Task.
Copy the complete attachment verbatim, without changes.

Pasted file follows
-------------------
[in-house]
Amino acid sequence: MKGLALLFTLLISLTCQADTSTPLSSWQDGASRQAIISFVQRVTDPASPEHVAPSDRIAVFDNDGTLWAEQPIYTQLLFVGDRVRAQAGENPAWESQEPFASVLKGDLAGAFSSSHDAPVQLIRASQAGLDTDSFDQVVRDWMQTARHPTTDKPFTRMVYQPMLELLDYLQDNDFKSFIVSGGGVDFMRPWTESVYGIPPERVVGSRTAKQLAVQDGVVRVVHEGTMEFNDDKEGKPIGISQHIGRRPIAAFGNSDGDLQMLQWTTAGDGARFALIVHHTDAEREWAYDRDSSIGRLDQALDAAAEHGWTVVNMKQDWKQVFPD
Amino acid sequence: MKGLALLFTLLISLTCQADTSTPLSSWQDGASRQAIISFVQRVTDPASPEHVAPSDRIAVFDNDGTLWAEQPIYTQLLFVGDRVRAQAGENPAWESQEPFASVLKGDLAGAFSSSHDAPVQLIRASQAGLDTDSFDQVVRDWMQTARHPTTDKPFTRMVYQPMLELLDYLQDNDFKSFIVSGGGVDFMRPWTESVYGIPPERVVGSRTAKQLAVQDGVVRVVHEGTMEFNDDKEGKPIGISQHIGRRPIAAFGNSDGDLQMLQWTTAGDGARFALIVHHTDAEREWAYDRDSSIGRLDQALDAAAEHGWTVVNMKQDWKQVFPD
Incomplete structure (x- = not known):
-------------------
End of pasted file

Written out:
[in-house]
Amino acid sequence: MKGLALLFTLLISLTCQADTSTPLSSWQDGASRQAIISFVQRVTDPASPEHVAPSDRIAVFDNDGTLWAEQPIYTQLLFVGDRVRAQAGENPAWESQEPFASVLKGDLAGAFSSSHDAPVQLIRASQAGLDTDSFDQVVRDWMQTARHPTTDKPFTRMVYQPMLELLDYLQDNDFKSFIVSGGGVDFMRPWTESVYGIPPERVVGSRTAKQLAVQDGVVRVVHEGTMEFNDDKEGKPIGISQHIGRRPIAAFGNSDGDLQMLQWTTAGDGARFALIVHHTDAEREWAYDRDSSIGRLDQALDAAAEHGWTVVNMKQDWKQVFPD
Amino acid sequence: MKGLALLFTLLISLTCQADTSTPLSSWQDGASRQAIISFVQRVTDPASPEHVAPSDRIAVFDNDGTLWAEQPIYTQLLFVGDRVRAQAGENPAWESQEPFASVLKGDLAGAFSSSHDAPVQLIRASQAGLDTDSFDQVVRDWMQTARHPTTDKPFTRMVYQPMLELLDYLQDNDFKSFIVSGGGVDFMRPWTESVYGIPPERVVGSRTAKQLAVQDGVVRVVHEGTMEFNDDKEGKPIGISQHIGRRPIAAFGNSDGDLQMLQWTTAGDGARFALIVHHTDAEREWAYDRDSSIGRLDQALDAAAEHGWTVVNMKQDWKQVFPD
Incomplete structure (x- = not known):